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Auckland conservation effort for whitebait

NZ Newswire logoNZ Newswire 7/06/2017

Around 10,000 native giant kokopu are set be released at an Auckland regional park in what organisers say will be the largest reintroduction of whitebait in New Zealand.

The experimental release at Tawharanui, near Warkworth, aims to establish two self-sustaining populations to support the national conservation of the endangered species.

Auckland Council environment and community committee chair Penny Hulse says protecting New Zealand native fish is important for maintaining healthy aquatic ecosystems.

"A diverse and thriving aquatic environment is important for supporting a rich natural array of plants and animals, many of which are found nowhere else in the world," she said.

The giant kokopu to be released on Saturday have been bred by commercial whitebait producer Manaki.

One of five whitebait species, giant kokopu can reach up to 60cm in length and 2.7kg in weight.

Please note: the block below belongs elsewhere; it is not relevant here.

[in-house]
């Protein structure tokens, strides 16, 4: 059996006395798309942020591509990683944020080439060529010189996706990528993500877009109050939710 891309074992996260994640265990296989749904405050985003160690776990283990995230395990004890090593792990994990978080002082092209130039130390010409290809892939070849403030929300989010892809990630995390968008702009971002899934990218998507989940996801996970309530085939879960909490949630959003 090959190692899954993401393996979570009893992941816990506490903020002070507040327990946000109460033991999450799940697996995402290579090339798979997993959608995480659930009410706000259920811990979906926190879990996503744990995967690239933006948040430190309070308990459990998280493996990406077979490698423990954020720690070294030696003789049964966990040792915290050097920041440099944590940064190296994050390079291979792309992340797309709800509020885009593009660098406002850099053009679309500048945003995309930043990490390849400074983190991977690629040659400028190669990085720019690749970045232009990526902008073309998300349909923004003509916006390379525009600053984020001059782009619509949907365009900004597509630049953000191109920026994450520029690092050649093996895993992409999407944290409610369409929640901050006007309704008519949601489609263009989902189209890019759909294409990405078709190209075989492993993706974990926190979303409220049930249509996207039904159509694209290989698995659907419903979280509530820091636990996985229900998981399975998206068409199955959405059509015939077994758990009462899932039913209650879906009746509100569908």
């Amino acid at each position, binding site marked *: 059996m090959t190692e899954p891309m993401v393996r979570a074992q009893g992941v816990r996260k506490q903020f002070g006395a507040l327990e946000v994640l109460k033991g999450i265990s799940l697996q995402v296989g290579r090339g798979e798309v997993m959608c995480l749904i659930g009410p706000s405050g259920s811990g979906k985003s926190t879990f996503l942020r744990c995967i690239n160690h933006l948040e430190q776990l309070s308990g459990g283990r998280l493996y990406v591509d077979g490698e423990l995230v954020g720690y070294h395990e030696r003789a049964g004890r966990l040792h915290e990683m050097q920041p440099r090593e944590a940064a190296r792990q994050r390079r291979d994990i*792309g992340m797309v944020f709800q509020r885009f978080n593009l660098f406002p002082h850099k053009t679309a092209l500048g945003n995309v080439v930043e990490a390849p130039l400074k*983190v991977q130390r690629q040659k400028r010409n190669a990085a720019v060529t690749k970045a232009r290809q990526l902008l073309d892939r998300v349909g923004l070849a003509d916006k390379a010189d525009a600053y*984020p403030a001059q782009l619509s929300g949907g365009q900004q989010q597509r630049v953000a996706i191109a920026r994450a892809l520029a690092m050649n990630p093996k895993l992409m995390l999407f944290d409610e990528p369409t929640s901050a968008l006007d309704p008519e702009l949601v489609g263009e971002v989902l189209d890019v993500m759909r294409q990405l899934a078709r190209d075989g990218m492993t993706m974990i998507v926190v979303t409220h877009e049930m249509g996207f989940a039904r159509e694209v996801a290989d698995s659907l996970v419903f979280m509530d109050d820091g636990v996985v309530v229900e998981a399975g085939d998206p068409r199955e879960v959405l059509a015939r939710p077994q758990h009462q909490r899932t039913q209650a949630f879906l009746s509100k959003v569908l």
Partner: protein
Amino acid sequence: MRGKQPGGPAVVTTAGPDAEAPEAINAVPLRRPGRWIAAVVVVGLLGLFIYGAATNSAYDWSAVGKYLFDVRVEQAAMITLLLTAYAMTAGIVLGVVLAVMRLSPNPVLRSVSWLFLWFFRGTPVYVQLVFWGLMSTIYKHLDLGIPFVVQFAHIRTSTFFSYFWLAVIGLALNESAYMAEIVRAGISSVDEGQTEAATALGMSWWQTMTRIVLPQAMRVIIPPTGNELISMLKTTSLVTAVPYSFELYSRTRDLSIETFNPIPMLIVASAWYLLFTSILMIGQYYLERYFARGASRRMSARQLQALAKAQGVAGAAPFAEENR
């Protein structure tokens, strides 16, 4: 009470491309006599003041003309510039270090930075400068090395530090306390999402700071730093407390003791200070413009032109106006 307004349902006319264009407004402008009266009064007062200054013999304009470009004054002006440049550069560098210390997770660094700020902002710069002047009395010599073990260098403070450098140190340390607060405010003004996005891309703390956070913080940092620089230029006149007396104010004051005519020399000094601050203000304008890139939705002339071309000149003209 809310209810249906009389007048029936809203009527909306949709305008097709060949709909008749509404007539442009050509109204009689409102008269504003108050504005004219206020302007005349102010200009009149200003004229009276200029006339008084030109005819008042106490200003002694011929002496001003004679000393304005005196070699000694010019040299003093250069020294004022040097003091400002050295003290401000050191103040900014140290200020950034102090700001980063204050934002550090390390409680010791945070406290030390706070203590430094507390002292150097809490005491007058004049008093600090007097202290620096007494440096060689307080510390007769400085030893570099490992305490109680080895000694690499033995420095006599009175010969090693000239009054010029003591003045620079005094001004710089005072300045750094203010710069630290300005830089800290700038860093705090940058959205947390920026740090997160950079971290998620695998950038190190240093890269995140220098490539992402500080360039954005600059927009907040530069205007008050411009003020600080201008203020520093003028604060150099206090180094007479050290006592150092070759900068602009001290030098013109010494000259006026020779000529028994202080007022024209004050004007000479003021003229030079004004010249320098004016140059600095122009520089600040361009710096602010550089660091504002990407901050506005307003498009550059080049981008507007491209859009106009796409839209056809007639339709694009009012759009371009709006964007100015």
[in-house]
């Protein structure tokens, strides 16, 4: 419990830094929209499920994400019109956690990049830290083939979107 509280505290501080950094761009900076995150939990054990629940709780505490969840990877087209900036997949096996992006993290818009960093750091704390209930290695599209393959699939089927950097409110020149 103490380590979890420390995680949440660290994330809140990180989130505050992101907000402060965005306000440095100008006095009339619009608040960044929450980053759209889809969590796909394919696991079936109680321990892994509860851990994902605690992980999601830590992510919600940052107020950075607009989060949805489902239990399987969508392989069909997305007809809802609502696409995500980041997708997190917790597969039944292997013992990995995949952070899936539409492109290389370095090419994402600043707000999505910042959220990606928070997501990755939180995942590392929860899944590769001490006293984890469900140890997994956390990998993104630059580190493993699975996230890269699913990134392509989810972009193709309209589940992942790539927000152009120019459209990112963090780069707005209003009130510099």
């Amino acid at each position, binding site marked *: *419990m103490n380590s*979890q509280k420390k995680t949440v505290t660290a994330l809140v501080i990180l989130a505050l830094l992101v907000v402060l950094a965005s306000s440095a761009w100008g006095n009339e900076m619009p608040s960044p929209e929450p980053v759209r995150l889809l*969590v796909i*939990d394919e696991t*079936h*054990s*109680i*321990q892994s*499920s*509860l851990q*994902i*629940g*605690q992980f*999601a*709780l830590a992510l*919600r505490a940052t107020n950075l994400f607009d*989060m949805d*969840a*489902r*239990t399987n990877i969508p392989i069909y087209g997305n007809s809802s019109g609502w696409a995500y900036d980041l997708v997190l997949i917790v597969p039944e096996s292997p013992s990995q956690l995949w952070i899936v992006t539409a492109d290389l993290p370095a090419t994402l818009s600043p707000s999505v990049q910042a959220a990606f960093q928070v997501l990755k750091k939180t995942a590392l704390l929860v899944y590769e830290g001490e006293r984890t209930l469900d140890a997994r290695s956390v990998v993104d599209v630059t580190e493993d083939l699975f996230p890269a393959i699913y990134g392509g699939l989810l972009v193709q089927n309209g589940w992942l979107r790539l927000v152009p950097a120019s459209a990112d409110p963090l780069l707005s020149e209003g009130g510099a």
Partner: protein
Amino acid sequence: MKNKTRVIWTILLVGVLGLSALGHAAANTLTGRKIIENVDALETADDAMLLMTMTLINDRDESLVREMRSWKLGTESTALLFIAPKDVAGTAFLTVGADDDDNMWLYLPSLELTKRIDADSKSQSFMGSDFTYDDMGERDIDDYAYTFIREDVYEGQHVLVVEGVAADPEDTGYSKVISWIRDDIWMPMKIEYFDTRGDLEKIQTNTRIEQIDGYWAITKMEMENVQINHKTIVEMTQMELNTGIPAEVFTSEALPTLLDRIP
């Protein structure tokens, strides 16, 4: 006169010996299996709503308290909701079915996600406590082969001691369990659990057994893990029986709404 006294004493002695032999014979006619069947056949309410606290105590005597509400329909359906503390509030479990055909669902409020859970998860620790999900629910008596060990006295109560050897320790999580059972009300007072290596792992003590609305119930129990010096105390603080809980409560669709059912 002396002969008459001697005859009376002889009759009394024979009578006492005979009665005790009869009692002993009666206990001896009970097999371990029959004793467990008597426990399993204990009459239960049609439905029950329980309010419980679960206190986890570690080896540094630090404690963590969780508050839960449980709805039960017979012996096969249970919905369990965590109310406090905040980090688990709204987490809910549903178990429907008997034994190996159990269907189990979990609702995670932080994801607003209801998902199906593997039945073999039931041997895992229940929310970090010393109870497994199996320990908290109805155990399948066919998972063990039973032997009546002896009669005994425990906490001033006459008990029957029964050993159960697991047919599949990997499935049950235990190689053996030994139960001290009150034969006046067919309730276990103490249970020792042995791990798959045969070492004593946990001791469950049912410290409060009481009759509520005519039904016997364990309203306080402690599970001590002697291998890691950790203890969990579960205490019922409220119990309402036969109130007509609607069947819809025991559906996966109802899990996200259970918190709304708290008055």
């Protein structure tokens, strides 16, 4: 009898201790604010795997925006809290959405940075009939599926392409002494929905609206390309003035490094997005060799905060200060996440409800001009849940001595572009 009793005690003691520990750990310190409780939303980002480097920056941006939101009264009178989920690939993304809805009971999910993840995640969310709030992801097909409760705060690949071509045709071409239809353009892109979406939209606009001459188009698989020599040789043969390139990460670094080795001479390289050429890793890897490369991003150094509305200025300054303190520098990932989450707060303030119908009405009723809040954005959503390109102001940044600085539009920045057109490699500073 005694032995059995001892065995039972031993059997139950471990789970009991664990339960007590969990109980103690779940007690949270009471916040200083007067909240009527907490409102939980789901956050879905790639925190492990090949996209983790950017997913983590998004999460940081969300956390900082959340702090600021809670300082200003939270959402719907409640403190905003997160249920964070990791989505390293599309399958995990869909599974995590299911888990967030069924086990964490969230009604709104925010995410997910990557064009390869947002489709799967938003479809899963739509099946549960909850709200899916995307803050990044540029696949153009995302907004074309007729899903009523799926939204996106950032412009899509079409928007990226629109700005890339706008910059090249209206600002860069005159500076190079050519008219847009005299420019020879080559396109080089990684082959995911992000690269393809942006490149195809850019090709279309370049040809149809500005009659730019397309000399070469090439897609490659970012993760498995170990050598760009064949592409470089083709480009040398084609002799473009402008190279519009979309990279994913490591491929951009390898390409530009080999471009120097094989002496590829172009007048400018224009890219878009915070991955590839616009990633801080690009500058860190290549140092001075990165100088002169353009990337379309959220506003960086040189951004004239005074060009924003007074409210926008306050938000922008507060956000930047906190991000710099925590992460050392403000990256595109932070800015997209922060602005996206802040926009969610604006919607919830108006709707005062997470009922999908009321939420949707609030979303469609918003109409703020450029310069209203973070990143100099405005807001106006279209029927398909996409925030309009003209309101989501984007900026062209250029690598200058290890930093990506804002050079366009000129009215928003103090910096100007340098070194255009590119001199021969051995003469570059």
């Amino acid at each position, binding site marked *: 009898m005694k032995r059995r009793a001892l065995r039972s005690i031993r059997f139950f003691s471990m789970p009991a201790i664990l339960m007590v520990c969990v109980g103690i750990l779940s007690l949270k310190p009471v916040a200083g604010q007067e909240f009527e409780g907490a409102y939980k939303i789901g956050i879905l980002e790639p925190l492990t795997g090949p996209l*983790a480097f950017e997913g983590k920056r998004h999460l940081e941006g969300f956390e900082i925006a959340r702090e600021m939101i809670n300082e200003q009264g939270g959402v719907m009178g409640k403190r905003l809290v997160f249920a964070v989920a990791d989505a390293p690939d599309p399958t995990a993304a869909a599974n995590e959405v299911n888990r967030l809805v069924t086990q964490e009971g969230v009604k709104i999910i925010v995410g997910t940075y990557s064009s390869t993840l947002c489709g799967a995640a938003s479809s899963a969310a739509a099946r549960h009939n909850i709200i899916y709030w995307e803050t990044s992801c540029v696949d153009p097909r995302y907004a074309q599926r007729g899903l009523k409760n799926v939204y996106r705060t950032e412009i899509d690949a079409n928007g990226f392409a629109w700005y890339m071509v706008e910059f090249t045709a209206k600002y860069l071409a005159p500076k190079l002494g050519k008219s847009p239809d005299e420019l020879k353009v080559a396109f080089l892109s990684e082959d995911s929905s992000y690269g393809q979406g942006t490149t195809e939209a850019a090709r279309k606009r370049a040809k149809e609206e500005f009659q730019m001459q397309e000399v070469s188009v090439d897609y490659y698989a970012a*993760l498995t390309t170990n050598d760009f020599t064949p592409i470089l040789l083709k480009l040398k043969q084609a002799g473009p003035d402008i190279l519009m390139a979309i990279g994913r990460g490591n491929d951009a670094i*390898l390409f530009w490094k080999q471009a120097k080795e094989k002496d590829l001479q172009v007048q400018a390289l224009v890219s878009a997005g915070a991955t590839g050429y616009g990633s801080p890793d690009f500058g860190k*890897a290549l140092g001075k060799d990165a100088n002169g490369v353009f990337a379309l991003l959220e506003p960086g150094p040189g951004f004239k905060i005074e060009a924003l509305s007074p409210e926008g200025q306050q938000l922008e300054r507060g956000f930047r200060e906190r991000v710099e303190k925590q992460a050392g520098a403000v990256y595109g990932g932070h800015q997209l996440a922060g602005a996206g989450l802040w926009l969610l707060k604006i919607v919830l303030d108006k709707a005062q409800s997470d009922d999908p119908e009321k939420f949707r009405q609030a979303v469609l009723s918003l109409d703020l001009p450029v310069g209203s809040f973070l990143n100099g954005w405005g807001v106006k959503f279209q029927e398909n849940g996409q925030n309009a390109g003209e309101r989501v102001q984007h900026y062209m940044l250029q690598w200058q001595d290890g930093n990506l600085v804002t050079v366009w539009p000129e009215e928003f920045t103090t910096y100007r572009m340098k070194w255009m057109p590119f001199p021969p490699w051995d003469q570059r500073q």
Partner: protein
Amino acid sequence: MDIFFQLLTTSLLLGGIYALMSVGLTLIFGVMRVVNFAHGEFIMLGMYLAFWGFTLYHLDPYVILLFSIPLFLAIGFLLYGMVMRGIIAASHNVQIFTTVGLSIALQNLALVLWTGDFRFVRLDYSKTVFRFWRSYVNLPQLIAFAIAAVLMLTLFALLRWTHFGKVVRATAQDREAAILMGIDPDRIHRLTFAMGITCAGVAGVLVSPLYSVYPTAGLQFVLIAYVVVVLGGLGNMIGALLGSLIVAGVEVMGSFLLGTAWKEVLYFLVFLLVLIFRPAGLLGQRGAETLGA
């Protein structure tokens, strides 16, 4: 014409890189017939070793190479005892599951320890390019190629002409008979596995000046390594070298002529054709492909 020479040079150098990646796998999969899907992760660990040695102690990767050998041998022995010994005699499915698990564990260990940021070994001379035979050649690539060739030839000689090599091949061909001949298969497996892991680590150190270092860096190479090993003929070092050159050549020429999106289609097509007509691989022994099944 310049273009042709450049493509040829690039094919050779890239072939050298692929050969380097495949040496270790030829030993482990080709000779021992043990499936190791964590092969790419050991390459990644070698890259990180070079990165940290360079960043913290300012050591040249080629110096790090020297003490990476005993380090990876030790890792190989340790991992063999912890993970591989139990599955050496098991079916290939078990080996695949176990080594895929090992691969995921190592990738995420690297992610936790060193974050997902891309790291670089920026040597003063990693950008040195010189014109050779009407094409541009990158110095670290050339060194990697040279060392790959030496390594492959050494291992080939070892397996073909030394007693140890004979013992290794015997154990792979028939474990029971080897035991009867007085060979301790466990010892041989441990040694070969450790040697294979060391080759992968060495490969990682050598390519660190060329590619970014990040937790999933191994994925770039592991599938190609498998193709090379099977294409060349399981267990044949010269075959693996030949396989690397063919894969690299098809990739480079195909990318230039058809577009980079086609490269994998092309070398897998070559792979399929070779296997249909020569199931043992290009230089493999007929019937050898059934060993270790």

Senior ranger Matt Maitland said fish surveys by the council found they were no longer present in Tawharanui Regional Park or numerous other sites across the Auckland region.

"There has been a significant decline in the numbers of giant kokopu over the past two decades," he said.

"Nationally, this is likely to have been a result of habitat loss, water quality decline and land-use changes,."

He said that, by having a predator-free environment, giant kokopu would have a better chance of survival.

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